Honda is adding nearly 105,000 vehicles to its growing U.S. recall of driver's side air bag inflators that can explode with too much force.
The added vehicles include nearly 89,000 Pilot SUVs from the 2008 model year, as well as about 11,000 Civics from 2004 and another 5,000 Accords from the 2001 model year.
Honda said that it's the first recall of 2008 Pilots for potential problems with driver's air bags made by Takata Corp. of Japan. The inflators can blow apart a metal canister and spew shrapnel into drivers and passengers. At least six people have died worldwide due to the problem.
Dealers will replace the driver air bag inflators for free. With the added vehicles, Honda has now recalled 5.5 million Honda and Acura cars and SUVs nationwide from the 2001 to 2011 model years because of the air bag problems.
So far, 10 different automakers have recalled over 17 million cars and trucks in the U.S. and 22 million worldwide because of the air bag problem. There could be as many as 30 million vehicles with Takata air bags across the U.S.
Honda said in documents posted Thursday by U.S. safety regulators that it found the additional vehicles by checking Takata inflator part numbers against Honda vehicle identification numbers in its factory records. Some 2001 Accords and 2004 Civics already were included in a recall from last year.
After announcing the driver's side recall last year, Honda started checking part numbers, spokesman Chris Martin wrote in an email. "The process required a significant amount of time to cross-check large databases, but helped to assure that each vehicle had been identified," he wrote.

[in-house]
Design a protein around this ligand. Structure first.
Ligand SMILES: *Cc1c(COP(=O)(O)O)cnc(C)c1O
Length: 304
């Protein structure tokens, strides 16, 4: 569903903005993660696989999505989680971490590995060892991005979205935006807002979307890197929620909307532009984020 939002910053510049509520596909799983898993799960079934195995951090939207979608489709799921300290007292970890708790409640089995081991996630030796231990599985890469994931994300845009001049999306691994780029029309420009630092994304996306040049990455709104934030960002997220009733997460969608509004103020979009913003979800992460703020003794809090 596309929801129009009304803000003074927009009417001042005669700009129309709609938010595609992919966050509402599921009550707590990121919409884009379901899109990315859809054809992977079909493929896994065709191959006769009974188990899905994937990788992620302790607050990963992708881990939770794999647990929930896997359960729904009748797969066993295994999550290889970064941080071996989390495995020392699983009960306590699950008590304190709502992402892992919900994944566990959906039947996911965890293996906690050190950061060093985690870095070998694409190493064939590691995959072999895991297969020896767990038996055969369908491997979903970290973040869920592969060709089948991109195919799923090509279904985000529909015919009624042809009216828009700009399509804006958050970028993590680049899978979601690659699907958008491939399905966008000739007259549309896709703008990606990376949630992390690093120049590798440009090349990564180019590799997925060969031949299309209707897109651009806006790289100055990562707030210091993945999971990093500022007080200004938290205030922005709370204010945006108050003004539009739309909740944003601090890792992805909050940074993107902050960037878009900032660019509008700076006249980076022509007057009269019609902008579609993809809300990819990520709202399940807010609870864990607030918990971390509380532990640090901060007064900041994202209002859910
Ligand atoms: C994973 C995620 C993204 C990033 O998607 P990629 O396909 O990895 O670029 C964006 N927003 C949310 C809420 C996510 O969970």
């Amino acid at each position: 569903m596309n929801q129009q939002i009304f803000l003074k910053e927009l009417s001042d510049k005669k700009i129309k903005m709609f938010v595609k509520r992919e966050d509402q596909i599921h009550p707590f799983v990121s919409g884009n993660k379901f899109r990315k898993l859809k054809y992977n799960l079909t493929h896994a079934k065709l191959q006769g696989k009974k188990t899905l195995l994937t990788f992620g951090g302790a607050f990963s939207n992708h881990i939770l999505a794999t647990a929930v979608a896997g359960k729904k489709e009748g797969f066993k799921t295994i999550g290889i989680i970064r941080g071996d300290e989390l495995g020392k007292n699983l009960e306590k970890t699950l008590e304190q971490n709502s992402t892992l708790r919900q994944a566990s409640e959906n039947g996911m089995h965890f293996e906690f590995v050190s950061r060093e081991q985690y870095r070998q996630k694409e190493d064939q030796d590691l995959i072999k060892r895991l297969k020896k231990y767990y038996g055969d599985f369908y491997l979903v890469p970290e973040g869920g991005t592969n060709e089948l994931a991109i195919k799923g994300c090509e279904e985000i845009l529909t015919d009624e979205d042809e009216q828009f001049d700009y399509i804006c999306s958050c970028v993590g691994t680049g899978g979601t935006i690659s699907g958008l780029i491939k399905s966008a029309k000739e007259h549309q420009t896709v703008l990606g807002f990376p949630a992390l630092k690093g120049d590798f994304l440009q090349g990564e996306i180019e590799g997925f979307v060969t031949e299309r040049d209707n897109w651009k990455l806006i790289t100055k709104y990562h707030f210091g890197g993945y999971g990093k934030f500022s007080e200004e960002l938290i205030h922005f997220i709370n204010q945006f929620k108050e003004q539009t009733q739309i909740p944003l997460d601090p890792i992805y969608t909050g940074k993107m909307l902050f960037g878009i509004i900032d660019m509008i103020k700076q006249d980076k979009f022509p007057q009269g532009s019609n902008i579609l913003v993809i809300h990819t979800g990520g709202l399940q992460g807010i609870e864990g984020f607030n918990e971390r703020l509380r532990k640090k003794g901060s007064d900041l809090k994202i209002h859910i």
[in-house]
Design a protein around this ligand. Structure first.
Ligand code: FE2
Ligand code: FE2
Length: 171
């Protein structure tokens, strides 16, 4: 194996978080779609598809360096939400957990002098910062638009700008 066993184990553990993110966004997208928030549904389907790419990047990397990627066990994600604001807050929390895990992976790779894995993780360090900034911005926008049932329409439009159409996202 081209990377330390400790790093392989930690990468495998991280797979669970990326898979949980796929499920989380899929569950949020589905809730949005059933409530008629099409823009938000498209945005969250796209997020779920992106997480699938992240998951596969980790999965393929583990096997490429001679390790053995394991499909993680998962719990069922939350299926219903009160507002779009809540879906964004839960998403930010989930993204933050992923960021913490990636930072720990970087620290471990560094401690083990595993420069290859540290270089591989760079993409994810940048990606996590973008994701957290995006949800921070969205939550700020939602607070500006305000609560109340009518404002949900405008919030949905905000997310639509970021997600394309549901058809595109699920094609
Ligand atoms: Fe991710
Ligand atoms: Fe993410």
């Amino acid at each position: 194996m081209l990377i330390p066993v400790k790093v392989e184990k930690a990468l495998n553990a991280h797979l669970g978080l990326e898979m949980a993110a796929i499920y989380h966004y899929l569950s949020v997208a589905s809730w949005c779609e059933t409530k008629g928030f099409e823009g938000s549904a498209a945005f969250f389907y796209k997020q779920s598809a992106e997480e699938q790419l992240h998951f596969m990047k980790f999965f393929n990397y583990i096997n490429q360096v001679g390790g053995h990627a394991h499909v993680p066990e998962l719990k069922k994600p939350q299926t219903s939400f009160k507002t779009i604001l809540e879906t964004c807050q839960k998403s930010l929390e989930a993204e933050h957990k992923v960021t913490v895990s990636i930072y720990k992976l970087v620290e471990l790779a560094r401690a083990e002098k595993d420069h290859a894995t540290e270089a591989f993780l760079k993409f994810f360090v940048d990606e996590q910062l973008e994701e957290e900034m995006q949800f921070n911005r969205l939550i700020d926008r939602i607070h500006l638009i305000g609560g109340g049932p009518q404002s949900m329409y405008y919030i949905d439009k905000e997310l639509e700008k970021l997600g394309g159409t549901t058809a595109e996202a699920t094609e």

Honda has no new reports of inflator ruptures related to the recall expansion, and has no reason to believe further expansions will be needed, Martin wrote.
The company said it will send letters to owners of vehicles in the expanded recall "over time" as replacement parts become available.
The recalls are nationwide for driver's side air bags. There were separate recalls announced last year for passenger air bags in high-humidity areas including Alabama, California, Florida, Georgia, Hawaii, Louisiana, Mississippi, South Carolina, Texas, Puerto Rico and the U.S. Virgin Islands.
Takata uses ammonium nitrate to create a small explosion that quickly inflates its air bags. But government investigators say the chemical can burn faster than designed if exposed to prolonged airborne moisture. That can cause it to blow apart a metal canister meant to contain the explosion. Automakers, Takata and the government all want to find out just how much humidity and time it takes to cause the problem, both of which are unknown.
Takata, NHTSA and the auto industry are investigating to figure out just how much humidity over how much time can cause the problem to happen.
The 10 automakers, fed up with slow progress by Takata in finding the cause, hired a Virginia rocket science company to investigate the matter. Orbital ATK has the ability to quickly simulate the impact of humidity on chemicals over long periods of time.
NHTSA began fining Takata $14,000 per day on Feb. 20 for allegedly failing to fully cooperate in the government's investigation. The fines have grown to $392,000 as of Thursday. The Justice Department also is investigating Takata for possible criminal prosecution. The company has known about the air bag problems since at least 2004.